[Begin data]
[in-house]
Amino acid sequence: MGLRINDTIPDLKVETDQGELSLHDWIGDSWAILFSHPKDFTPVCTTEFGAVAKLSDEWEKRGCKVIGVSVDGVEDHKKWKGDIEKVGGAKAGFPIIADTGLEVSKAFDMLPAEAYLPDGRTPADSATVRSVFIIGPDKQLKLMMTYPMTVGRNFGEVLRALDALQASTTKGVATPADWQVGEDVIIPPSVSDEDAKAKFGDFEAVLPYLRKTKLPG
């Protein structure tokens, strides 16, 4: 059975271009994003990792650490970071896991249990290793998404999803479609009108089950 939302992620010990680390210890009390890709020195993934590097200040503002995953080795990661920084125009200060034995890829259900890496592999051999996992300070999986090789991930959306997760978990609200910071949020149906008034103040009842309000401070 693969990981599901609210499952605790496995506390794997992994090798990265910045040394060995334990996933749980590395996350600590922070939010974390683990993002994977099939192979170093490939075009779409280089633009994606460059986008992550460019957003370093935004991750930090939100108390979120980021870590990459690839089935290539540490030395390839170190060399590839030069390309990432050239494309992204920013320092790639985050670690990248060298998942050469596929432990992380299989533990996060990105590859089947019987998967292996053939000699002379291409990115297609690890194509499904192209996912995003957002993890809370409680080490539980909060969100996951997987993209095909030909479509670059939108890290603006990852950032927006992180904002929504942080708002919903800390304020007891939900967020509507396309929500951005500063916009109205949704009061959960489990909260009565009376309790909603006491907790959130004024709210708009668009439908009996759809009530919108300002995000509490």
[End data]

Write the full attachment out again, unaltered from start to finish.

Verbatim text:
[in-house]
Amino acid sequence: MGLRINDTIPDLKVETDQGELSLHDWIGDSWAILFSHPKDFTPVCTTEFGAVAKLSDEWEKRGCKVIGVSVDGVEDHKKWKGDIEKVGGAKAGFPIIADTGLEVSKAFDMLPAEAYLPDGRTPADSATVRSVFIIGPDKQLKLMMTYPMTVGRNFGEVLRALDALQASTTKGVATPADWQVGEDVIIPPSVSDEDAKAKFGDFEAVLPYLRKTKLPG
């Protein structure tokens, strides 16, 4: 059975271009994003990792650490970071896991249990290793998404999803479609009108089950 939302992620010990680390210890009390890709020195993934590097200040503002995953080795990661920084125009200060034995890829259900890496592999051999996992300070999986090789991930959306997760978990609200910071949020149906008034103040009842309000401070 693969990981599901609210499952605790496995506390794997992994090798990265910045040394060995334990996933749980590395996350600590922070939010974390683990993002994977099939192979170093490939075009779409280089633009994606460059986008992550460019957003370093935004991750930090939100108390979120980021870590990459690839089935290539540490030395390839170190060399590839030069390309990432050239494309992204920013320092790639985050670690990248060298998942050469596929432990992380299989533990996060990105590859089947019987998967292996053939000699002379291409990115297609690890194509499904192209996912995003957002993890809370409680080490539980909060969100996951997987993209095909030909479509670059939108890290603006990852950032927006992180904002929504942080708002919903800390304020007891939900967020509507396309929500951005500063916009109205949704009061959960489990909260009565009376309790909603006491907790959130004024709210708009668009439908009996759809009530919108300002995000509490």